The District should not waste time or taxpayer money on a year of testing that will NOT affect the state API scores, which is what schools fall all over themselves for. Teachers conduct quizzes, tests, and other assessments throughout the year precisely to show deficiencies/progress in subject matter. The standardized tests are given to appease bureaucrats and continue what can easily be called the education industrialization complex.

More teachers and parents should research controversies about Common Core. There is no data that proves switching to CC will benefit any student over current practices -- just the education material suppliers that will fulfill the orders for all the new books, workbooks, tests, etc., and the consulting and government agencies that work the data. There is a huge cost to any state that moves toward CC -- and not all states are doing this. It is NOT mandatory. More personal and family data will be linked to students' scores and that a company called inBloom will operate the storage database in order to share data among different contractors, consultants, volunteers, government agencies, etc., jeopardizing our children's privacy.

We should press the school district to provide clear answers as to why they are moving to Common Core, what the hard costs are, how they plan to protect our children's privacy, and what is the risk of maintaining the status quo.

Also, parents have the right to opt out of any standardized testing and should do if they believe it's in their child(ren)'s best interest.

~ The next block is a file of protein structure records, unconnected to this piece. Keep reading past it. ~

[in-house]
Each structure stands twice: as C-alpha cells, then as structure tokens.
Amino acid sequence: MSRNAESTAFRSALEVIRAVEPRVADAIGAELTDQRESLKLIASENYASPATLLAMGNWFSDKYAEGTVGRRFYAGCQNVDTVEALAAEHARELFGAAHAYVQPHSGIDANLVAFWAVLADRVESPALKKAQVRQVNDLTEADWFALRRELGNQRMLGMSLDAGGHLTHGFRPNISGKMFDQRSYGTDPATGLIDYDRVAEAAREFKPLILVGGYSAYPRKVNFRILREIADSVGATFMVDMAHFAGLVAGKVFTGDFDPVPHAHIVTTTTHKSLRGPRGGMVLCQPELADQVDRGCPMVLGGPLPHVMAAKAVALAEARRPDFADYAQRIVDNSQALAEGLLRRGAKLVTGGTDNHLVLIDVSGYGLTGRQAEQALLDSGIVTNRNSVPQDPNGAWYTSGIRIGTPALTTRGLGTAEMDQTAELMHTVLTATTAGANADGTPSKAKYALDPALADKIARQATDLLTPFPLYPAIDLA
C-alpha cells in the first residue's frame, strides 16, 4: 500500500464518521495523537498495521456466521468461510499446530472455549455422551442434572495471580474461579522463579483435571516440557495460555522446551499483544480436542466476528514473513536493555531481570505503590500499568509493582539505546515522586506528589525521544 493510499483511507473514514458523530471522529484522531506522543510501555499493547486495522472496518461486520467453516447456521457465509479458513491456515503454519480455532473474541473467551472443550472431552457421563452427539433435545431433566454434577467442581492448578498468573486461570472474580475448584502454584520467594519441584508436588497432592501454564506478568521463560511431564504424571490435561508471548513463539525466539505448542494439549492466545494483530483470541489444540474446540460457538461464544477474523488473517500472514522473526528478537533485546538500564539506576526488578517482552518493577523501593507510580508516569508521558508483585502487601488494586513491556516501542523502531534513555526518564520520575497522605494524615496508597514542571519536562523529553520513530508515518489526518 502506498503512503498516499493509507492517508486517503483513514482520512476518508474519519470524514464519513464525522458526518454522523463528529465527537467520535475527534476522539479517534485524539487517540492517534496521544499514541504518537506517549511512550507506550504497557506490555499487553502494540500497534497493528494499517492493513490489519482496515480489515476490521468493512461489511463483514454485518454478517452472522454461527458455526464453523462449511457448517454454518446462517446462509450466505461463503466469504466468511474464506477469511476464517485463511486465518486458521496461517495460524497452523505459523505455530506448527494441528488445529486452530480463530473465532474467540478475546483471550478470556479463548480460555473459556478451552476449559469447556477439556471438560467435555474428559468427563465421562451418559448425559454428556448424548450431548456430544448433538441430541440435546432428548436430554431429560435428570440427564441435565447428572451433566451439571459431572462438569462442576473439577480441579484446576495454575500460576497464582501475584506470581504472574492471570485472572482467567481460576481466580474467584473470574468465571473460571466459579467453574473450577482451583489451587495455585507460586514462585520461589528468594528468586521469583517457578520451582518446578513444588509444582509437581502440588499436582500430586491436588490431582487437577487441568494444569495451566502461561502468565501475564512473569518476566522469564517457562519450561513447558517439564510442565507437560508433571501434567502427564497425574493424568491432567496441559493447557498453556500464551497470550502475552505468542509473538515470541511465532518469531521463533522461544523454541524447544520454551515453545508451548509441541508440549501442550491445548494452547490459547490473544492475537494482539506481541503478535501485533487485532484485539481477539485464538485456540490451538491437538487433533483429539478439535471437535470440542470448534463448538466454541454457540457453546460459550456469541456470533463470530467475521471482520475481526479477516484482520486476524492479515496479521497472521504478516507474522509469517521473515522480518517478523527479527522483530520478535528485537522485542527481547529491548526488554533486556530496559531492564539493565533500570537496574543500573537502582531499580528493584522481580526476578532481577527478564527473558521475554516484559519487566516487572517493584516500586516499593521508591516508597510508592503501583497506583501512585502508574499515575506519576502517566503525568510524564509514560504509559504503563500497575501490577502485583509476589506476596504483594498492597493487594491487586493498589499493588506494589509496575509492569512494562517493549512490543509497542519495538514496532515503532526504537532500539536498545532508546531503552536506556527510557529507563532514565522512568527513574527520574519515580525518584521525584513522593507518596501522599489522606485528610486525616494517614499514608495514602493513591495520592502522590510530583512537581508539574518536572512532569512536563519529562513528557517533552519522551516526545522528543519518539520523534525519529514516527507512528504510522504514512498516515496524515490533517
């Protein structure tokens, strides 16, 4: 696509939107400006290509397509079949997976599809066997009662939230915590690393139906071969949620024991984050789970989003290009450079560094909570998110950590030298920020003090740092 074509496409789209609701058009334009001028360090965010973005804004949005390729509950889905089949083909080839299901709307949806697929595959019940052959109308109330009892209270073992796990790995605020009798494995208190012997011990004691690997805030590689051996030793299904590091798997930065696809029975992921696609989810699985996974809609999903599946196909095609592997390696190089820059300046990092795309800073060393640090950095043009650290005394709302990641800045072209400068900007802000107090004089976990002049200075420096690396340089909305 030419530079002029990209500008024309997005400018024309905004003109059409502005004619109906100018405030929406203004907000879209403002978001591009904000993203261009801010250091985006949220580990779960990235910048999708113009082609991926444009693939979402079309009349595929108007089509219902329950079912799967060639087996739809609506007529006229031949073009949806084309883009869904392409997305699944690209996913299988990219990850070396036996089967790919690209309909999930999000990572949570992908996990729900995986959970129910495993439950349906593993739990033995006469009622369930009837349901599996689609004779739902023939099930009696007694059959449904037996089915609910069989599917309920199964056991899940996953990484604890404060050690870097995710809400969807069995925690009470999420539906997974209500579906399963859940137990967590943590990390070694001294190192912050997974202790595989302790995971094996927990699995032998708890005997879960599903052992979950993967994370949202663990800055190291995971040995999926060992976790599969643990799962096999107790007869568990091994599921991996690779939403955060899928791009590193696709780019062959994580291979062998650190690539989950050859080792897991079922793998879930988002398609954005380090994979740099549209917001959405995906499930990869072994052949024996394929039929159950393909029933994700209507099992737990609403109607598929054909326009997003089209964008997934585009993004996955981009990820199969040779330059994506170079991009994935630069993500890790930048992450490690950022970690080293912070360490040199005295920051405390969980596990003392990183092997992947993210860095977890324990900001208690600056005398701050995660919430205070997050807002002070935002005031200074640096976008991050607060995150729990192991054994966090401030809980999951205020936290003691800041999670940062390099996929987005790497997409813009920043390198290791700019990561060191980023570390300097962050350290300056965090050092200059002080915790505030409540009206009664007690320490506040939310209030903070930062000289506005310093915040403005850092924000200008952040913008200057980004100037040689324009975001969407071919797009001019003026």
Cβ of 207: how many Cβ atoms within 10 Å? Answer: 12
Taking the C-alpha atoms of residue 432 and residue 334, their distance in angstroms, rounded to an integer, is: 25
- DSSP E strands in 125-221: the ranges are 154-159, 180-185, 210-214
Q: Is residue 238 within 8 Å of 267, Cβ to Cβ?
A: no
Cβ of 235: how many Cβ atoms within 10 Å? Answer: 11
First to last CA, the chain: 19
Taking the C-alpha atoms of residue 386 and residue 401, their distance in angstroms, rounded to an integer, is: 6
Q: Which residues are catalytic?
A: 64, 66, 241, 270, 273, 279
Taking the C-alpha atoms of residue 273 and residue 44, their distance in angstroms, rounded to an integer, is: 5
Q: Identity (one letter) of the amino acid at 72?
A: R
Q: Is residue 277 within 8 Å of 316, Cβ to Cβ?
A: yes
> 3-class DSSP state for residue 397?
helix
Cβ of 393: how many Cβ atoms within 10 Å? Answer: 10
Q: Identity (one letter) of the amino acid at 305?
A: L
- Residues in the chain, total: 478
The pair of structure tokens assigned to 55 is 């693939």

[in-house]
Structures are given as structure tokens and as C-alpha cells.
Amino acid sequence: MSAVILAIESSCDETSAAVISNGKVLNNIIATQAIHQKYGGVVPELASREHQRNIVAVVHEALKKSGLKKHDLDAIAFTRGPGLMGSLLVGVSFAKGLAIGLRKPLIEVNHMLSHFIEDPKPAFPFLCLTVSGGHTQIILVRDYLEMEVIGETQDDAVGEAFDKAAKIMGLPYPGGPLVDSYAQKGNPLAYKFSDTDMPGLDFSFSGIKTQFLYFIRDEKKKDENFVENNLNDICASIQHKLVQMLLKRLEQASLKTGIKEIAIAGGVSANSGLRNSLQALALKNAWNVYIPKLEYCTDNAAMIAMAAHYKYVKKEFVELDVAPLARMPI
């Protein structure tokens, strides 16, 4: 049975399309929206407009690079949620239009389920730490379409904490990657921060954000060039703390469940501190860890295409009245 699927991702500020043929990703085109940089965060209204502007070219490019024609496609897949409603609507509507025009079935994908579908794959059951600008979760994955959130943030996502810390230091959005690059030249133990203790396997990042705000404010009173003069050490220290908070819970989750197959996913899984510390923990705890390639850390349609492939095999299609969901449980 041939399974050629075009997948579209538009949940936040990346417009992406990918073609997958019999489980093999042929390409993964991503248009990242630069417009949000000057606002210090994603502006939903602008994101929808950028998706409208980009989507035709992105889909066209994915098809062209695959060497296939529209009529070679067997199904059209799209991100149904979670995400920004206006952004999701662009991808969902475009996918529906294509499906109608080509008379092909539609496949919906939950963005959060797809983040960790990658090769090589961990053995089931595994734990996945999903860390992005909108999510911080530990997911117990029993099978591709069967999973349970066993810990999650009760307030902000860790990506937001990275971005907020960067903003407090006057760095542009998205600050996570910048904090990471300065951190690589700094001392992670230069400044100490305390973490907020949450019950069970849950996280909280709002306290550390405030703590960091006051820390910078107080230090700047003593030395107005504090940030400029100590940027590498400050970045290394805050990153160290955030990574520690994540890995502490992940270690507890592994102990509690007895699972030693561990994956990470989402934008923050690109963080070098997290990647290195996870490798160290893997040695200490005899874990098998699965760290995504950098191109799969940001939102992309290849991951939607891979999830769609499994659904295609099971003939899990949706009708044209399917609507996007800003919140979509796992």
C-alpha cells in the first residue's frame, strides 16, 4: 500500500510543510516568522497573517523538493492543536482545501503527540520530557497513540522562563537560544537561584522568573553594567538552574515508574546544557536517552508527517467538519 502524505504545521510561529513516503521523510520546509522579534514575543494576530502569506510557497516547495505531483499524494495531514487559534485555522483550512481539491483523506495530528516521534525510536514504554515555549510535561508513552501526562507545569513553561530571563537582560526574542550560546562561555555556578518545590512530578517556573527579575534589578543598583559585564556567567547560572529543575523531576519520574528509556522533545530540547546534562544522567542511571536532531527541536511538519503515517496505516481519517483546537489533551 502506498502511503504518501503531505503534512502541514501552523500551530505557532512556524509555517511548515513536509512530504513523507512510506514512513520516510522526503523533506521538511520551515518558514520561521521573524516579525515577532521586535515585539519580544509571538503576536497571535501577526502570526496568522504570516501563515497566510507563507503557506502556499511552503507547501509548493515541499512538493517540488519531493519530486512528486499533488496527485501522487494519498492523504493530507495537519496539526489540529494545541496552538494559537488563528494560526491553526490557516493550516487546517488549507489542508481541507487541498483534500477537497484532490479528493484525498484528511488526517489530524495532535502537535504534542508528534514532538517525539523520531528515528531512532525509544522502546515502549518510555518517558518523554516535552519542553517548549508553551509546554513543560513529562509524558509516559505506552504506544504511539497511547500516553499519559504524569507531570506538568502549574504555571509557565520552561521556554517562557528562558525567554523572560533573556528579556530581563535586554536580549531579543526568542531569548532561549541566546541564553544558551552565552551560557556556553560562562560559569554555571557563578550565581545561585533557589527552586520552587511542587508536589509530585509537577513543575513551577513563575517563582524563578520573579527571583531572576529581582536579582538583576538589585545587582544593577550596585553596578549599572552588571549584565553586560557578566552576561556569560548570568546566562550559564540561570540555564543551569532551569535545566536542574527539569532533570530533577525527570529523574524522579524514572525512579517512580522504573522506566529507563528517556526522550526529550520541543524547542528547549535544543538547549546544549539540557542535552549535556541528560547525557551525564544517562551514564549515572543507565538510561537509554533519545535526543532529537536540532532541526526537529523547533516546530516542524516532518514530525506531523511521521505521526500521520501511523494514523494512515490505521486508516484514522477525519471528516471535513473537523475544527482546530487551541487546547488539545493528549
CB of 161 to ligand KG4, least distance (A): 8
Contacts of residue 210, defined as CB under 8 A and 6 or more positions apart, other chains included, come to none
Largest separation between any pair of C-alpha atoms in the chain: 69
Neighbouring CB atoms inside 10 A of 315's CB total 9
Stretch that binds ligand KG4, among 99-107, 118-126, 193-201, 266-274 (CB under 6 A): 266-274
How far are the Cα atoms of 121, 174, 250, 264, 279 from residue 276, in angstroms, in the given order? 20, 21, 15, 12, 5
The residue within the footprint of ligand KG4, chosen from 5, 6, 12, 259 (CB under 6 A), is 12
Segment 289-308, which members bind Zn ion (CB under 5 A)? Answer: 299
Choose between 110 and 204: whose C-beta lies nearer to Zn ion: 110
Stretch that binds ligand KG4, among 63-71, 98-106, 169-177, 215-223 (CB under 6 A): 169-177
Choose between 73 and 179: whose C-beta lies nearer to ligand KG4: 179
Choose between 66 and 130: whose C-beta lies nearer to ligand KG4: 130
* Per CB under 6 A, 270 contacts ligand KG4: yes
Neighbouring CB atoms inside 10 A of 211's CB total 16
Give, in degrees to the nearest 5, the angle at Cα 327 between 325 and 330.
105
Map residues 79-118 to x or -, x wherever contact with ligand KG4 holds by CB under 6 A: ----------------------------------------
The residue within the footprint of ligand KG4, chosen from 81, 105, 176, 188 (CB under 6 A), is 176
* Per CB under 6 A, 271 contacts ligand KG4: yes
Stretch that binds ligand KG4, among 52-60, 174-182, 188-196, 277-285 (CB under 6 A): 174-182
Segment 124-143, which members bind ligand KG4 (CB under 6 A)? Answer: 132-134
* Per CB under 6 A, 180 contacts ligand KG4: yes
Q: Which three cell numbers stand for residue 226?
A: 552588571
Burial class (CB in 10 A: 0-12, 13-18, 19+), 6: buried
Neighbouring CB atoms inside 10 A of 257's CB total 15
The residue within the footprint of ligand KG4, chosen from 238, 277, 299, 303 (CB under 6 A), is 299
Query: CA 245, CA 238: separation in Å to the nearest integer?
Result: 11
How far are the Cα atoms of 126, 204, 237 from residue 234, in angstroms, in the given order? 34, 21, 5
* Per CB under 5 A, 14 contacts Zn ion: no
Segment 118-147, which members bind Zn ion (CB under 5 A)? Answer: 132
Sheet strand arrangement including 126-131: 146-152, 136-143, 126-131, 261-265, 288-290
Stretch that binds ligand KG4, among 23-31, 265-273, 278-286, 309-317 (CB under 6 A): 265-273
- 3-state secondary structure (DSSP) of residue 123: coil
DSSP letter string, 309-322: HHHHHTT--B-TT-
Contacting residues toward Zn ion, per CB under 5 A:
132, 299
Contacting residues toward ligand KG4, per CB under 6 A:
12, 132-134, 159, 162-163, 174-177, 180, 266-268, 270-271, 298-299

Posted by Wayne Martin, a resident of Another Palo Alto neighborhood
on Oct 28, 2013 at 11:42 am

> The standardized tests are given to appease bureaucrats and
> continue what can easily be called the education industrialization complex.

Perhaps, but these test results also offer the taxpayers some idea of what they are getting for their money. Since the CA CST tests have been given, it turns out that about 2/3rds (historically) of the schools have posted API scores less than 800, which is "Proficient". There has been some movement towards 50% over the last decade, but by-and-large, the Calfornia Schools have not demonstrated that they are doing as good a job as the billions upon billons of dollars given to them should have given parents, and taxpayers, reason to expect better.

We would not have known that fact if there were not some sort of standardized tests to help us know what is going on in our schools.

Posted by Not Suprised, a resident of JLS Middle School
on Oct 28, 2013 at 9:03 pm

Our district and special ed. administrators should take a standardize testing to see how well are they respecting students, parents and special education law. I bet they would get very low scores, unless they memorize the answers a lot or someone helps them by pointing to the right answers.

Posted by Middle Schools, a resident of another community
on Nov 2, 2013 at 6:04 pm

It was not reported at Palo Alto Online, a report on how PAUSD middle schools did in multiple tests and goals to improve was presented at the October 22 Special Meeting at the Board of Education on the Single Plan for Student Achievement:

Web Link

The meeting was taped and is archived on the Midpenninsula Media Center:
Web Link

It was way better than Special Education's report to the Board. Wish they would take the middle school principals as an example of how to do it. Uses data, honest, presents the good and the bad, the successes but also where they need to improve, all the numbers in one place.

@ Not Surprised on Special Education - the State of California is conducting a Special Education Compliance Review of PAUSD, called 'Special Education Verification Review'. There is a survey out and a parent input meeting November 12. Hope some data comes out of it. PAUSD hasn't provided results of the last review.